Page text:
Kendell Geers' letter:|
Sent: June 16 2000
Subject: Please help us to save the Johannesburg Biennial!!!!
When Ivo Mesquita was recently fired from the Sao Paulo Bienal for no apparent reason it was the efforts of the global art community that made the bureaucrats realise the consequences and reconsider their decision. There is sadly a precedent that few are aware of and even fewer speak of. In 1997, following the international acclaim and success of the 2nd Johannesburg Biennial, artistic director Okwui Enwezor and key members of his team were fired without reason, in addition to which the Johannesburg City council decided to close the exhibition a month earlier than had been scheduled. As a result of the efforts of a few individuals the exhibition managed to stay open as scheduled but the biennial has not survived.
More than 3 years has since passed and every effort to begin the process that would culminate in the third Johannesburg Biennial has failed. As it stands there will never be another Johannesburg Biennial ever again. Neither the Johannesburg City Council nor the National Government's Department of Arts and Culture have given any reasons for this cancellation. Key amongst the reasons inferred is that the Biennial is not perceived as being important to either South Africa or to the international art community.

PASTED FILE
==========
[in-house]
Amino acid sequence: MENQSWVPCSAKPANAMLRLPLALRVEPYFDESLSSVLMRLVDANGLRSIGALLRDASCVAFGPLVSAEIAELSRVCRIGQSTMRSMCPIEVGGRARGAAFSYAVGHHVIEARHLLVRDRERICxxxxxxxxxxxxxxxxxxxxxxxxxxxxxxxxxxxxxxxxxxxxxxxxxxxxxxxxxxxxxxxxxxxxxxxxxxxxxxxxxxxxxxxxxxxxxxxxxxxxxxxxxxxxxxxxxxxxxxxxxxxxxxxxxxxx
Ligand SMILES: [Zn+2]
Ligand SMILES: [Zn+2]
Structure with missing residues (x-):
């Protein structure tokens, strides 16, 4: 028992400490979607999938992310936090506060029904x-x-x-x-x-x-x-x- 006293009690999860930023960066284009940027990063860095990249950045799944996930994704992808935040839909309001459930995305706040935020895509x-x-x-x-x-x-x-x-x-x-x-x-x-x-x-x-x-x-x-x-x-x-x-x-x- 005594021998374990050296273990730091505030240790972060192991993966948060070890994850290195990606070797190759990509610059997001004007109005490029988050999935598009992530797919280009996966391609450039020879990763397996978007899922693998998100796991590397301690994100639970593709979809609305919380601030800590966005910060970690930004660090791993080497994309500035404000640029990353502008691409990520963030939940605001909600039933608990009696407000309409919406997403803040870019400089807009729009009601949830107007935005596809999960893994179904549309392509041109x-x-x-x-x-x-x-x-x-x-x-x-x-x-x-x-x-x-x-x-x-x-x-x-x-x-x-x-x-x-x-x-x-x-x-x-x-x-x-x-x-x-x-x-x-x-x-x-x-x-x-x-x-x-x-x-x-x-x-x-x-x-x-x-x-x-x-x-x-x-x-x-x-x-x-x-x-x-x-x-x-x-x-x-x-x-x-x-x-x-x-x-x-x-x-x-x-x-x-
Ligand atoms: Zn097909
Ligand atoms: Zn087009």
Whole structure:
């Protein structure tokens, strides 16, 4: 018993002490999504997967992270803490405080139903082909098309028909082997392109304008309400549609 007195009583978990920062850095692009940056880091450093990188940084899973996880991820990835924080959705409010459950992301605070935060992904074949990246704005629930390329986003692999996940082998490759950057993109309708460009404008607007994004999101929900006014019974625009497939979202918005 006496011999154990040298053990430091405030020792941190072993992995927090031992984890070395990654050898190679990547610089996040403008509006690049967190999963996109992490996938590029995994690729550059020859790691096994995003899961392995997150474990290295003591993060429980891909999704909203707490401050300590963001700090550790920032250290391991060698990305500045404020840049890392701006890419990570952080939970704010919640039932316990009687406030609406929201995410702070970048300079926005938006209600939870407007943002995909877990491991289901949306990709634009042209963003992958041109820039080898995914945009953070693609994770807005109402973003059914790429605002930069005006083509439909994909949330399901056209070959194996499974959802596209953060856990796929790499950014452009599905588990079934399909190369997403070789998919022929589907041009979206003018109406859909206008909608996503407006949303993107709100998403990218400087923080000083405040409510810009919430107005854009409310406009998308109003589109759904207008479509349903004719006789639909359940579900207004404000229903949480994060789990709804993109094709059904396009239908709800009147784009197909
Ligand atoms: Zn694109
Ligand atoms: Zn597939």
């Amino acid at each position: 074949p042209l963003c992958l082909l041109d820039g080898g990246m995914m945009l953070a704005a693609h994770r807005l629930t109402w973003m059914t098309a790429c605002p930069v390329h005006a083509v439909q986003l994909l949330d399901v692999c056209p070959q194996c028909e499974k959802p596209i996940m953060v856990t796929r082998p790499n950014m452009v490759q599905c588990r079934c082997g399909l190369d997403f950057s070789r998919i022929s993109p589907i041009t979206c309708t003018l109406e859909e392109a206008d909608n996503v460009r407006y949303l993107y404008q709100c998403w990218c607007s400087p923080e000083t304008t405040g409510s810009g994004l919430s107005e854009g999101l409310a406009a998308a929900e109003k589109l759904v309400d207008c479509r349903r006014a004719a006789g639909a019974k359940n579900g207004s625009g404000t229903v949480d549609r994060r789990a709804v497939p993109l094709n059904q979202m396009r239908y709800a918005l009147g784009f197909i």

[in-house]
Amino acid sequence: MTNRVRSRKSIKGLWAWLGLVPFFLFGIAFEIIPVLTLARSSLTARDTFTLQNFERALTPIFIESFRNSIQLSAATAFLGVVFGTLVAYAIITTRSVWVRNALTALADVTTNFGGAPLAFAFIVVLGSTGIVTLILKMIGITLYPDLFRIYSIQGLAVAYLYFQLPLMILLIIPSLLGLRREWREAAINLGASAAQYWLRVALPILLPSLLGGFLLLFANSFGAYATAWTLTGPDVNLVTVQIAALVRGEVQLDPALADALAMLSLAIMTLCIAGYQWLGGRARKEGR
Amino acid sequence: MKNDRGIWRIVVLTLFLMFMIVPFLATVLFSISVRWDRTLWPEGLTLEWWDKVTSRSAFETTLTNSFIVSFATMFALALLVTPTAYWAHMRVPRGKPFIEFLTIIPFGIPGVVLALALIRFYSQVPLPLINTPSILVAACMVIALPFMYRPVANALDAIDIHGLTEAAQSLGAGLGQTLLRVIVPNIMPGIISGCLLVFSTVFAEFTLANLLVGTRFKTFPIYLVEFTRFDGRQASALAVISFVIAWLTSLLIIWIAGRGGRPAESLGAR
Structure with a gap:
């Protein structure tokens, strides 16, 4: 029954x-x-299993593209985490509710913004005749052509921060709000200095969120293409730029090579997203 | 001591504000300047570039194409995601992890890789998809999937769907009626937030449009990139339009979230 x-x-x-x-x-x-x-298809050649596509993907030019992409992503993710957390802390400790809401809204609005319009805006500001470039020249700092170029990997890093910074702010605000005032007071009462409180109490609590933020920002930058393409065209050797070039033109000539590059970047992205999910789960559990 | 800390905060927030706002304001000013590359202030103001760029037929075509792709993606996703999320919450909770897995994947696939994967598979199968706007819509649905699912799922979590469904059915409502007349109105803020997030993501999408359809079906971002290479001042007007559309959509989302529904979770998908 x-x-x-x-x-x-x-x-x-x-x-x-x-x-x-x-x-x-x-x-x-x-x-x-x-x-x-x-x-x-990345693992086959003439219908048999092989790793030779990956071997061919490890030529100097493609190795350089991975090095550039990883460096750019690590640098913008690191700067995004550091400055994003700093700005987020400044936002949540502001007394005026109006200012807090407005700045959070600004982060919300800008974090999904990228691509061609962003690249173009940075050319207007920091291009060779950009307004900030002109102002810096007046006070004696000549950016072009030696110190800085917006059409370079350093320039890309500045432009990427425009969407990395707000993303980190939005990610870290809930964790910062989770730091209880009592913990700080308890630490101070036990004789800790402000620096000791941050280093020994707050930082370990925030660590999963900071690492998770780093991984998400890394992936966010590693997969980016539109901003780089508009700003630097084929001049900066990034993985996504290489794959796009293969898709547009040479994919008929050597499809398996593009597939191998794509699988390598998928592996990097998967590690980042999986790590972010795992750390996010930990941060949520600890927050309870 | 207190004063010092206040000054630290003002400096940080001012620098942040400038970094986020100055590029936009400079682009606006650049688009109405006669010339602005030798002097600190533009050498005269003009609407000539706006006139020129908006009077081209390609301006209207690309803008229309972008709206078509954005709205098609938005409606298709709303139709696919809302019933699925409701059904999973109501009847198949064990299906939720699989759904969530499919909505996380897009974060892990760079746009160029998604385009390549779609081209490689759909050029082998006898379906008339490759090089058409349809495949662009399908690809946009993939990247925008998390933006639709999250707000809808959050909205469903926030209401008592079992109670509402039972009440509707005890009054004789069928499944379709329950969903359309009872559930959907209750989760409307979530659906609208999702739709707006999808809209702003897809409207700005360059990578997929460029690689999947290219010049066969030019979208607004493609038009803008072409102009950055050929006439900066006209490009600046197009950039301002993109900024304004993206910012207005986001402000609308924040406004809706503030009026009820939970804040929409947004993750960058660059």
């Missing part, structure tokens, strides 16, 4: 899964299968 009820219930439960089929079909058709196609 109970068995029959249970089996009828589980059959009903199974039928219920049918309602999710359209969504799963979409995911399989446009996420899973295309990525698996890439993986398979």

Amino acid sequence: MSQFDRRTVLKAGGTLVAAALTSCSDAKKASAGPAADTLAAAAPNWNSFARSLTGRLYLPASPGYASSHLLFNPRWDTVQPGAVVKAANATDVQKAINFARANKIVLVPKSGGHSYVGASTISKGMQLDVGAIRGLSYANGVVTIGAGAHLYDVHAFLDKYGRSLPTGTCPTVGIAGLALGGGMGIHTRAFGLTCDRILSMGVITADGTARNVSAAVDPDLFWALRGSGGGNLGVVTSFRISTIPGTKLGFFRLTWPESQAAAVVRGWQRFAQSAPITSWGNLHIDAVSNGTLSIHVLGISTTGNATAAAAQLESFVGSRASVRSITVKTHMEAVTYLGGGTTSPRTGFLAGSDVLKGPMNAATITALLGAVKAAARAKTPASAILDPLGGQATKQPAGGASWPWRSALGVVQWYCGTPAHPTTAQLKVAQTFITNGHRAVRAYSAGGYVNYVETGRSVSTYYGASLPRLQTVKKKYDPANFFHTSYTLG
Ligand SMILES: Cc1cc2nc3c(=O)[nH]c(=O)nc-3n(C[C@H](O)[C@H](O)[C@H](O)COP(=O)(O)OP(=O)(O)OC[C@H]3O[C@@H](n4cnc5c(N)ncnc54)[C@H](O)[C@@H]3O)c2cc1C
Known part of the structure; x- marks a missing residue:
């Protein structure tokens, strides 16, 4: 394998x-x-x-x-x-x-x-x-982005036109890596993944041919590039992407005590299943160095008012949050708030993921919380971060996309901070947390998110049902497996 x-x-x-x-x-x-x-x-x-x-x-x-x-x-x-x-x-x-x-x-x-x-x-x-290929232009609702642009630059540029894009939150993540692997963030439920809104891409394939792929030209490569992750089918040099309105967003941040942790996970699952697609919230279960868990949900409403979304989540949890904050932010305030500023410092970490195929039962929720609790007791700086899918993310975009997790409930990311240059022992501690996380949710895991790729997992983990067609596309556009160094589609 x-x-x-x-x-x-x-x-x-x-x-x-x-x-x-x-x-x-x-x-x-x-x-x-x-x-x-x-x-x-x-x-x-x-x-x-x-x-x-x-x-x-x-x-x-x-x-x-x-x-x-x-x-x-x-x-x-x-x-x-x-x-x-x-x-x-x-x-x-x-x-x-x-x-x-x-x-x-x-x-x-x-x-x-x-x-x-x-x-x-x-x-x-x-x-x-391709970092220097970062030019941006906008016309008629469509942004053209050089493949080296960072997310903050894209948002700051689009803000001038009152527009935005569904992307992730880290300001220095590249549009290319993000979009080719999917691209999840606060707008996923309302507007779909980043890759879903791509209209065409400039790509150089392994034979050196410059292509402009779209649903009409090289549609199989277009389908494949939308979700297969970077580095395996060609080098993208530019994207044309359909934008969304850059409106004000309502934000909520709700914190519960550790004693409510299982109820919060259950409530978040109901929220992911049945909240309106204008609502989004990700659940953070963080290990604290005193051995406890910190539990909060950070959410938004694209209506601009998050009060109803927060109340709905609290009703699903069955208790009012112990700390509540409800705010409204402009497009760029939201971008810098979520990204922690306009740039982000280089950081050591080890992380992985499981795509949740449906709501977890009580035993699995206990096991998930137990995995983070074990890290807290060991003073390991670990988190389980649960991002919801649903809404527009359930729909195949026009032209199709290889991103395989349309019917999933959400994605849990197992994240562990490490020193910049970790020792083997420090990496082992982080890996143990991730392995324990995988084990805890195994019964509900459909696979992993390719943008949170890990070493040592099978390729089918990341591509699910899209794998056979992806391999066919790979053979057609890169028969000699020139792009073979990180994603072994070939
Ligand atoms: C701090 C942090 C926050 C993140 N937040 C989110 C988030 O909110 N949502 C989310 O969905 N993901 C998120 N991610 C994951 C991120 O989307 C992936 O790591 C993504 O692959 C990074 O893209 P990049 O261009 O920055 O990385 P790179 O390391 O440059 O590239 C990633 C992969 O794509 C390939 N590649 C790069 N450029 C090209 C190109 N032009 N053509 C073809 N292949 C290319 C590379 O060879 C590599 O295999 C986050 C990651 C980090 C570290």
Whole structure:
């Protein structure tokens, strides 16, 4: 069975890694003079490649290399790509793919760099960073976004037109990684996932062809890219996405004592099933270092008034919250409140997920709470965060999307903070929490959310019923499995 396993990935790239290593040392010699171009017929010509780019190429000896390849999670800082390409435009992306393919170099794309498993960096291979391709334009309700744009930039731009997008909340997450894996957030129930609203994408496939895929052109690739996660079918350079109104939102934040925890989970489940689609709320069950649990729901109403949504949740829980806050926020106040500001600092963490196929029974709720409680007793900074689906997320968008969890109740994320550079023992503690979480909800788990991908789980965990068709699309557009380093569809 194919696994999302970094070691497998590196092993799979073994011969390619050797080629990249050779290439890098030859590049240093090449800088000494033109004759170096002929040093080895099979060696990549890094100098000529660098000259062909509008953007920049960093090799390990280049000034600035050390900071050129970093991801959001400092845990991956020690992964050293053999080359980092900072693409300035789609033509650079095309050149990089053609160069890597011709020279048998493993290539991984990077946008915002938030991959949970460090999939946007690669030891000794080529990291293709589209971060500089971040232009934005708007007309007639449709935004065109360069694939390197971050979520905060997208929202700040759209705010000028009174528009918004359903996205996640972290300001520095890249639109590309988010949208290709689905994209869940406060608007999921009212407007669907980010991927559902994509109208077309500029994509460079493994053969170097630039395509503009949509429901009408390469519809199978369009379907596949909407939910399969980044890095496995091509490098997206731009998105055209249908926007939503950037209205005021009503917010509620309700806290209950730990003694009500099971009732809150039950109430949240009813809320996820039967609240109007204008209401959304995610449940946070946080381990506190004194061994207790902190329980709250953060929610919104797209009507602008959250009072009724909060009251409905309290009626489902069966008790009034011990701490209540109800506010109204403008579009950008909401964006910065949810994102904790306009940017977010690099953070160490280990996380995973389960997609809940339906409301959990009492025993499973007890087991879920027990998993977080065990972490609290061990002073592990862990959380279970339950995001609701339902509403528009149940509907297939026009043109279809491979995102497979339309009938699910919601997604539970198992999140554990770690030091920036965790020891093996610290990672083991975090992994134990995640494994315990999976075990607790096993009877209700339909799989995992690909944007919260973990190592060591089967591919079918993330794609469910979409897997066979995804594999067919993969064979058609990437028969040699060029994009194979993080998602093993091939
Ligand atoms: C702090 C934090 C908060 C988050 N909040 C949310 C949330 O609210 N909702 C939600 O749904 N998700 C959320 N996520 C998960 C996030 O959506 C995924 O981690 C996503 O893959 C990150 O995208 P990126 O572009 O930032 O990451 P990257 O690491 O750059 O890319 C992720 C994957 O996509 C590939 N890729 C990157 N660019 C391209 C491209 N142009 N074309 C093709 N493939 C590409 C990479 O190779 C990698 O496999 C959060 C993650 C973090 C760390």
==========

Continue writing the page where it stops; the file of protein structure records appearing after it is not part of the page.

You can make a difference! If the South African government is made aware of the important role this exhibition plays in life of every african artist as well as the significance it has for the international art community it will have no option but to change its policy. If the Johannesburg City Council is made to realise how this single exhibition has changed the lives and careers of so many key South African artists, both black and white, then perhaps they would change the minds as to its vital importance. As it stands the politicians are listening to the voices of a few individuals in whose interests its lies that the exhibition remain canceled forever. Such an important exhibition should not get caught up in personal politics and hidden agendas.
If the South African government is made aware of the importance this exhibition they will have no option but to begin the process once again. Please now do for Johannesburg, for South Africa and for the entire African continent what you have done for Sao Paulo.